Jerry concentrates all his efforts on Rod, now his only remaining client, who turns out to be very difficult to satisfy. In bad need of money, Jerry calls in a favor to get a contract extension from Rod's current team, the Arizona Cardinals, but received a low-ball offer. Rod and his wife decide to pass on the offer despite Jerry's warning that if he gets injured, he will receive nothing.

Without any money coming in, Dorothy knows that Jerry is unable to afford payroll so she decides to move to San Diego as she has a secure job offer there alongside health benefits. However, she and Jerry then decide at the last minute to get married in order to share the health benefits.

Over the next several months, Rod and Jerry grow closer through a series of open and difficult conversations as they struggle to make ends meet. This culminates in the famous phrase "Help me, help you" that seems to finally get across to Rod to stop complaining and to start playing his heart out.

Rod takes Jerry's advice to prove he is worthy of his contract. He is playing well and his team is winning. Jerry's marriage with Dorothy deteriorates as they struggle financially, with Dorothy losing hope that it will work out.

During a December Monday Night Football game between the Cardinals and the Dallas Cowboys, Rod catches the winning touchdown that secures a spot for the Cardinals in the playoffs, but appears to receive a serious injury in the process. After a few scary minutes, he regains consciousness and celebrates with a dance for the wildly cheering crowd.

Afterwards, Jerry and Rod embrace in front of other athletes and sports agents and show how their relationship has progressed from a strictly business one to a close personal one, which was one of the points Jerry made in his mission statement. He then flies back home to meet Dorothy while she was in the midst of her sister's divorcee get-together where they drink wine and complain about the inadequacies of men and marriage. Jerry barges in which causes all eyes to look at him. He gives an impassioned speech telling her that he loves her and wants her in his life, which she reciprocates with the famous line "shut up, shut up, you had me at hello".

Rod appears on Roy Firestone's sports talk show. Unbeknownst to him, Jerry has secured him a massive $11.2 million contract with the Cardinals, allowing him to finish his pro football career in Arizona. Roy announces it which causes Rod to break down emotionally and thank everyone and extends warm gratitude to Jerry. Jerry speaks with several other pro athletes, some of whom have read his earlier mission statement and respect his work with Rod.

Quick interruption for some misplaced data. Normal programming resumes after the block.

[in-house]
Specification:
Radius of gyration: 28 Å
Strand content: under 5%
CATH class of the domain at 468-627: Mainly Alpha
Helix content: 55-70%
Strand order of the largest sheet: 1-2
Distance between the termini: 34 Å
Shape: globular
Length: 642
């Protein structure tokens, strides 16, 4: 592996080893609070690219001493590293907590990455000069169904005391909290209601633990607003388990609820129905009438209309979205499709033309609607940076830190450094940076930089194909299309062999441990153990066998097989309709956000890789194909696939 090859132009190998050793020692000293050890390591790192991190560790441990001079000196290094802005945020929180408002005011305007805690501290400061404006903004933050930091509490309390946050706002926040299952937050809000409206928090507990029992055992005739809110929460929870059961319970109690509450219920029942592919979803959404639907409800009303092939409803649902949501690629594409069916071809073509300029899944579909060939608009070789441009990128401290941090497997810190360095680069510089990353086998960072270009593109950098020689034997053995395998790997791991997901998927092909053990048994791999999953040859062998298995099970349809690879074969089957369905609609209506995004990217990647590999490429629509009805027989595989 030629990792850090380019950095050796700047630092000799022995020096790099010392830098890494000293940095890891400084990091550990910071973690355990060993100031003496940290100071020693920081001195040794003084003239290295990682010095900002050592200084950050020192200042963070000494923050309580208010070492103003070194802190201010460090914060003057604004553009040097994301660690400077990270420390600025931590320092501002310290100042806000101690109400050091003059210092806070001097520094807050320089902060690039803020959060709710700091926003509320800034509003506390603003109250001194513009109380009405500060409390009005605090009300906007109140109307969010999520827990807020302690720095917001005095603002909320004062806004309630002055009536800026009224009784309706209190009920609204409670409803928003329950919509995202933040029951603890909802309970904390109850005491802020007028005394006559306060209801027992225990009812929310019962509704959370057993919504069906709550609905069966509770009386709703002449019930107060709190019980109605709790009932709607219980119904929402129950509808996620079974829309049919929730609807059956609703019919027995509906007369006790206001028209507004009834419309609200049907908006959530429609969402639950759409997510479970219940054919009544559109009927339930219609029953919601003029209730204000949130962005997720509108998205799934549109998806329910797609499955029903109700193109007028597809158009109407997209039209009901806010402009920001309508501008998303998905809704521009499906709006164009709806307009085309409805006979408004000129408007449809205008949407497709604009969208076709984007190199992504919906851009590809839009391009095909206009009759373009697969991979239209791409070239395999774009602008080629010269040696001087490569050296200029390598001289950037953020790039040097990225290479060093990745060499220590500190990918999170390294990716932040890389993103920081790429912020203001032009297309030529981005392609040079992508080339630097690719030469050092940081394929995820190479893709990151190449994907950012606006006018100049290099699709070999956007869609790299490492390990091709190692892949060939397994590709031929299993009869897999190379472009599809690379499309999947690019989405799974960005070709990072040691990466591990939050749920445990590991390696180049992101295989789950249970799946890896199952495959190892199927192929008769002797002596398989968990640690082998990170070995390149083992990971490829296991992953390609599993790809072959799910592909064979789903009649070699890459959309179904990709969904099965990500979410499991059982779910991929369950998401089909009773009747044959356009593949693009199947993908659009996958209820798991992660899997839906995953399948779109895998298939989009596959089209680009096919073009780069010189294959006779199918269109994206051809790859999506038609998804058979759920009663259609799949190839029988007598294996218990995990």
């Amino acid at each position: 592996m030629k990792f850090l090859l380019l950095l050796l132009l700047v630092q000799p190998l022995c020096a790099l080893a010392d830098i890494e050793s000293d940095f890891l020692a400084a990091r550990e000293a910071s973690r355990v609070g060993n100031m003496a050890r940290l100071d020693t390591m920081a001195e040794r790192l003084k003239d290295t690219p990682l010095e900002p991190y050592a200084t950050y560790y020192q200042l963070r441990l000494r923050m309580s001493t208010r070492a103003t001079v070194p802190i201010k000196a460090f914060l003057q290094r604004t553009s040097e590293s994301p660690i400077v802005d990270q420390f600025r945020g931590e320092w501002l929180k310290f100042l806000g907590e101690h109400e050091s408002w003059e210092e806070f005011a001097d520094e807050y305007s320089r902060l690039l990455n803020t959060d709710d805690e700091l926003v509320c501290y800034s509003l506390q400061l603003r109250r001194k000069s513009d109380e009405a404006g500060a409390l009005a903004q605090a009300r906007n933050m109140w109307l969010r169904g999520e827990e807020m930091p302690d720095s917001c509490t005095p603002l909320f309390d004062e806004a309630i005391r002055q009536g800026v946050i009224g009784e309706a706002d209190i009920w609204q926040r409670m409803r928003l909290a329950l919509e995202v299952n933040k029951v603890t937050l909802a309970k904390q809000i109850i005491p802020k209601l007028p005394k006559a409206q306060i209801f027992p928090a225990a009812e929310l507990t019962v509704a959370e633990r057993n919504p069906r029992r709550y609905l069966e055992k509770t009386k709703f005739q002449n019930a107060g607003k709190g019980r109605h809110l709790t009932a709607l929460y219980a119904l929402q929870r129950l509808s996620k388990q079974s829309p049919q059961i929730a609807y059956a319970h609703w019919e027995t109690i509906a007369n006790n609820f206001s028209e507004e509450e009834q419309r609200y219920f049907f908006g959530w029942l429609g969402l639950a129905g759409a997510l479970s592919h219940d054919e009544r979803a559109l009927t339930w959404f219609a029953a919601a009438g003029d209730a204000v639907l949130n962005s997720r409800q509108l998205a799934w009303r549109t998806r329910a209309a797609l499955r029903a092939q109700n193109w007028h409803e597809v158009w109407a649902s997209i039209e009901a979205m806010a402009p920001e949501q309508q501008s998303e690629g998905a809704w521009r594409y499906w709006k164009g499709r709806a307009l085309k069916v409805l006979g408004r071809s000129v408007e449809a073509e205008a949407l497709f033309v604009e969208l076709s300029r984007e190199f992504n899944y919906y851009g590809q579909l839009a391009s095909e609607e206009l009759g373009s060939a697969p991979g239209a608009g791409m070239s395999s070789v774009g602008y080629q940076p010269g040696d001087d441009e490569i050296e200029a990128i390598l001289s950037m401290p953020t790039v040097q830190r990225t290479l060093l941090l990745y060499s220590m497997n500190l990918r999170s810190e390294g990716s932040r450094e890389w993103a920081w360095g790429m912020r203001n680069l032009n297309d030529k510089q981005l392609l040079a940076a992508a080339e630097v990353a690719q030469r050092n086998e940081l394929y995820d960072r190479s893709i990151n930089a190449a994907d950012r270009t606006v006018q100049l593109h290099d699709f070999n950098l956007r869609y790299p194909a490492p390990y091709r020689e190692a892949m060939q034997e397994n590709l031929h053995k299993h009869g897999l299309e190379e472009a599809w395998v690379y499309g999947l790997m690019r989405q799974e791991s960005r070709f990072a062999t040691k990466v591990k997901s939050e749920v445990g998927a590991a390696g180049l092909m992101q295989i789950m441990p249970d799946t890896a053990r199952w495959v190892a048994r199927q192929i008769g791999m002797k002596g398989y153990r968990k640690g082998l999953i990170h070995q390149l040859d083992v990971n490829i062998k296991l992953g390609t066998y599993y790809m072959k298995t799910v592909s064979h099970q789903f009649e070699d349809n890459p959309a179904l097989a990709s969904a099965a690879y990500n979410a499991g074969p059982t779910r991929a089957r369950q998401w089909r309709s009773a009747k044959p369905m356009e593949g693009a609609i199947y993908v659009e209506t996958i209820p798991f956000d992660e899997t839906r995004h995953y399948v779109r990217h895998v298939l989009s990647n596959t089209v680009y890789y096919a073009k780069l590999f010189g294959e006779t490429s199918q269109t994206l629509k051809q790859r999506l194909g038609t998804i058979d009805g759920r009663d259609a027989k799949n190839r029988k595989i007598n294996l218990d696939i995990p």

As themselves:

Cameron Crowe originally wrote the screenplay for Tom Hanks. Crowe took so long to write the screenplay that by the time the film was ready to be made, he thought Hanks was too old to play the part.[6] Woody Harrelson was offered the role but turned it down. Rod Tidwell was partially modeled after Charley Taylor.[7]

Janet Jackson auditioned and was initially accepted for the role of Marcee Tidwell, though it later went to Regina King, who previously co-starred in Jackson's debut film Poetic Justice.[8][9] Jackson is referenced twice in the film, with a Janet poster seen hanging in Teepee's room and Cuba Gooding Jr.'s character Rod Tidwell asking "What Have You Done for Me Lately?", paying homage to Jackson's hit of the same name.[10][11]

Artie Lange filmed a scene for the movie but it was edited out of the final cut.[10]

Patricia Arquette, Kate Beckinsale, Bridget Fonda, Winona Ryder, Marisa Tomei, Cameron Diaz, Uma Thurman and Jennifer Lopez were all considered for the part of Dorothy.[6] Mira Sorvino was also considered for Dorothy but the producers would not meet her quote.[6] The producers also considered Janeane Garofalo for the role of Dorothy but she was deemed too old for the part.[12] Connie Britton auditioned for the role of Dorothy,[13] and the choice was narrowed down to Zellweger and Britton, with Zellweger winning the part.[14] Damon Wayans and Mykelti Williamson were considered for the role of Rod Tidwell.[6] Jamie Foxx unsuccessfully auditioned for the role of Rod Tidwell.[15] Diane Lane was considered for the role of Avery Bishop; however, the role was eventually given to Kelly Preston.[6] Billy Wilder was considered for the part of Jerry's mentor Dicky Fox.[6]